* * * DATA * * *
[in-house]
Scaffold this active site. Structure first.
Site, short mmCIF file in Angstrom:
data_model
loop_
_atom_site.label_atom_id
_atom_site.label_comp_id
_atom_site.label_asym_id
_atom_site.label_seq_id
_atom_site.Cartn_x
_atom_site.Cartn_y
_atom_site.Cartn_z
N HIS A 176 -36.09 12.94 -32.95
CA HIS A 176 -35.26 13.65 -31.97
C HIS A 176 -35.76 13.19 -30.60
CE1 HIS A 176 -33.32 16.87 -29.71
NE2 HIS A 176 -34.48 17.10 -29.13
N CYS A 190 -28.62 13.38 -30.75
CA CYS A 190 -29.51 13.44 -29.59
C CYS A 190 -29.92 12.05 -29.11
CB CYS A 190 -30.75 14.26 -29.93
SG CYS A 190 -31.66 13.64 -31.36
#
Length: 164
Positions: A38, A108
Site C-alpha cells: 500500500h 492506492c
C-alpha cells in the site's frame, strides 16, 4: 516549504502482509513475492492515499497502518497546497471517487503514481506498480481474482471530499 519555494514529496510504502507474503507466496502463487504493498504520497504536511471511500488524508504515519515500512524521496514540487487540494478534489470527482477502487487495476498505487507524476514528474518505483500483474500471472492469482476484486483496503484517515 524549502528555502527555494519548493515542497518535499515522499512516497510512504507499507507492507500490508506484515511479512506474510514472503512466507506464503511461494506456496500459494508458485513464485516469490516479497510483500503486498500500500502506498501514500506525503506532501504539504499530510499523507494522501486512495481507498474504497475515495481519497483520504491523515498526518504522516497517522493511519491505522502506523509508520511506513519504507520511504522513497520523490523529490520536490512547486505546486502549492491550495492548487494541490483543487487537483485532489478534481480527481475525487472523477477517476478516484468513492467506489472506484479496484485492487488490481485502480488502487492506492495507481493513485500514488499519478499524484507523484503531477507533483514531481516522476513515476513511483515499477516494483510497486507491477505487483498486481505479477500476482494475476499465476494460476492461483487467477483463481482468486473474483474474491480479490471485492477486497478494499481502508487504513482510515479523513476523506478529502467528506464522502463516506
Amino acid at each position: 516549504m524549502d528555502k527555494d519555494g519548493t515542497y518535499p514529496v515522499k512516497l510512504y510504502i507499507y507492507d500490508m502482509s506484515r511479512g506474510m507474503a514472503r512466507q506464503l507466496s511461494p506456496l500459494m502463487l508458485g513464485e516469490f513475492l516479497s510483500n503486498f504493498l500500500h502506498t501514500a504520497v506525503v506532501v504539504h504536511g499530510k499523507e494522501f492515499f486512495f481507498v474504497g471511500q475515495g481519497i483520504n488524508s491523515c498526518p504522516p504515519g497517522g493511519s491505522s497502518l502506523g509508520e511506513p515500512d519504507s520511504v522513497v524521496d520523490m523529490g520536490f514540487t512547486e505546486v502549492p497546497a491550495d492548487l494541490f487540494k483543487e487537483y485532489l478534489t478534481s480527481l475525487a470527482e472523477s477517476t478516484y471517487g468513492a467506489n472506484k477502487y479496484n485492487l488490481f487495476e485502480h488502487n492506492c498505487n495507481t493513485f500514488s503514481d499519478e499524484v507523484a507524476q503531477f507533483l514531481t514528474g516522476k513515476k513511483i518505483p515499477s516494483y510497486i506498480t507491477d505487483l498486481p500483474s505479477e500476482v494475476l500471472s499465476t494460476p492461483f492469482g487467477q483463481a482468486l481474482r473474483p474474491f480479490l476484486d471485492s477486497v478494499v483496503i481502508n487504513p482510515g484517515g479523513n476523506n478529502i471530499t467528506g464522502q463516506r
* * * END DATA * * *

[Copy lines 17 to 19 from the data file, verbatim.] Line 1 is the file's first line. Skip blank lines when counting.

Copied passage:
NE2 HIS A 176 -34.48 17.10 -29.13
N CYS A 190 -28.62 13.38 -30.75
CA CYS A 190 -29.51 13.44 -29.59